A Galway Textile Printers XV

TOM kenny

A challenge hurling match and a return game played between Galway Woollen Mills, Newtownsmyth, and the Post Office was the seed that led to the inauguration of an inter-factory hurling competition. A meeting was held in the CYMS in February 1954 and the following committee was elected: Jimmy O’Connor, GPO, chairman; Tommy Connellan, CIE, secretary; Tom Mooney, the Hat Factory; Sean Duggan, ESB; Sean O’Connor, Galway Woollen Mills; Jimmy Duggan, O’Gorman’s; Paddy Purcell, Sisk’s; Mick McGrath, AA Stuart’s; and Cronan Treacy, McDonoughs.

The competition was an immediate success even though there were very few factories in Galway at the time. Some 18 teams took part, and huge crowds of spectators turned out to see the games, but sadly it all petered out in 1959.

But not all was lost. Another group came together in 1968 with Jimmy O’Connor in the chair and Christy Fitzgerald, CIE, as secretary. Kevin Blayney of McCairn’s Motors was the first sponsor, and again the competition was an instant success. The first final was played in the Sportsground between Crown Control and Roadstone. Happily the inter-firms competitions are still played with great enthusiasm.

The team we have for you today represented Galway Textile Printers in Division 4 of the league in 1975. They beat the Post Office team in the final by a score of 3 – 4 to 2 - 5. They are, back row, left to right: Tony Dilleen, Pake O’Connor, Bill Delaney, Colm O’Brien, Michael O’Connor, Bernard Concar, Gerry Lynskey, Michael Walsh, and Michael Hackett. In front are John Cleary, Mickey O’Sullivan, Jimmy O’Sullivan, Michael O’Connor, Paddy McDonagh, Henry O’Connor, Martin Cooney, and Tom Glynn. Galway Textiles did not have enough players to make up a team so they had a few ‘imports’.

Great weather, an enthusiastic crowd, and two very sporting teams generated a great atmosphere for this final. Textiles had an own goal, squandered many chances, and looked anything but confident at the break, but they settled down on resumption and with captain Jimmy Sullivan, and John Cleary in control at midfield, the tide turned quickly in their favour. Their two point margin was almost gone when Post Office netted only to have it disallowed for an infringement, and the final whistle sounded shortly after. Best for the winners were Tony Dilleen, Gerry Lynskey, Bernard Concar, John Cleary, Michael and Jimmy Sullivan, Henry O’Connor, and Martin Cooney. Seamus Ó Fatharta, Sean Coyne, Jackie Fox, John Diskin, Ray Durnin (who scored 2 – 3 ), Mick Forde, and Cyril Foye were best for Post Office. Tom Durnin, manager, Essential Cleaners, presented the trophy to the winning captain, and the referee, Gerry Mahony, was presented with a marble plaque.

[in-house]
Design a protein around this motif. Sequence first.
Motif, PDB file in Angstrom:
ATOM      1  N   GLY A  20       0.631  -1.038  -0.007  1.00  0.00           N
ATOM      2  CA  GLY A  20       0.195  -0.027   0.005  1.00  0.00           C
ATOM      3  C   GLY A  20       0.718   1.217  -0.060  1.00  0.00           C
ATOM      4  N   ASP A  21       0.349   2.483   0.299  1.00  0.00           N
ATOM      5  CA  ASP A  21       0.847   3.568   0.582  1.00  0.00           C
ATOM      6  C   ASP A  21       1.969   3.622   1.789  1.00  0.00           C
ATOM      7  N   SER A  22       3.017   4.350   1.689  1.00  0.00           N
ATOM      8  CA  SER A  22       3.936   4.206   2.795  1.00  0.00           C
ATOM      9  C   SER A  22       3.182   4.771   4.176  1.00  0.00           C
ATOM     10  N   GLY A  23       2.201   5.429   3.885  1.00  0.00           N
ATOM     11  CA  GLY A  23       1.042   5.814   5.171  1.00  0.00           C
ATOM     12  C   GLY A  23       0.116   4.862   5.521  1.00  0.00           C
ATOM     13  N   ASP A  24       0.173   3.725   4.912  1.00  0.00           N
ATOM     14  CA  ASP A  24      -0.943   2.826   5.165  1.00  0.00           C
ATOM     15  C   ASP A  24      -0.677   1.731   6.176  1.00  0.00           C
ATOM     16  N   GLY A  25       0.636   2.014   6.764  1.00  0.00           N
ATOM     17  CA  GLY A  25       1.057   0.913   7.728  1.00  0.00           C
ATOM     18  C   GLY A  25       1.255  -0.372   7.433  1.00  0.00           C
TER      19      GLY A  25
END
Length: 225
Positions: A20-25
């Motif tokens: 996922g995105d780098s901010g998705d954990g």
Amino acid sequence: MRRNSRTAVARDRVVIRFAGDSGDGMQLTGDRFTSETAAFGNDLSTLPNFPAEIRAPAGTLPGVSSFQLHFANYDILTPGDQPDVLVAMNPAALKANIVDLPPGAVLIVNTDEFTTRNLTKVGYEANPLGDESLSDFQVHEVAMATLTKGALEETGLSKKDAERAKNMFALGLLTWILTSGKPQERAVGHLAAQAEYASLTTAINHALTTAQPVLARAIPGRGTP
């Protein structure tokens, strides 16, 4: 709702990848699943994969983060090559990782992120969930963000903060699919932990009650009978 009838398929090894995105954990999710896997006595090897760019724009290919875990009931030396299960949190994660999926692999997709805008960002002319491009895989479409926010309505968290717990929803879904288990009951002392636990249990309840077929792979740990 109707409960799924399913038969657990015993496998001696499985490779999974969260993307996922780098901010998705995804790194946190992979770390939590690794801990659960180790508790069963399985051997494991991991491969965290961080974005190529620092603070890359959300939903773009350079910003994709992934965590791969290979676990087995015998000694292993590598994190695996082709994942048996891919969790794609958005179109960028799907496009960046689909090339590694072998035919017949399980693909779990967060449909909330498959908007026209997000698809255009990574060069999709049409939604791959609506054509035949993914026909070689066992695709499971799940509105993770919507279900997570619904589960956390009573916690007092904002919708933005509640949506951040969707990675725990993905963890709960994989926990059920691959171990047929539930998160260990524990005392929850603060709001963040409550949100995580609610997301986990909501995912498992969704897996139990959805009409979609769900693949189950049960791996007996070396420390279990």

Galway Textile Printers was probably the largest industry in Galway in the ‘50s and ‘60s and yet there seems to be very few photographs of either the building or the staff around. If any readers have some, I would be very interested in seeing them.

This photograph is one of the many that appear in St Patrick’s Parish Annual, which has just been published. It is, as usual, edited by James Casserley and contains a lot of parish information, history, and fun. This annual, which is available in local shops, has been published for more than 20 years now, and when you put all of the issues together you are looking at a significant amount of local history, folklore, characters, tradition, etc.

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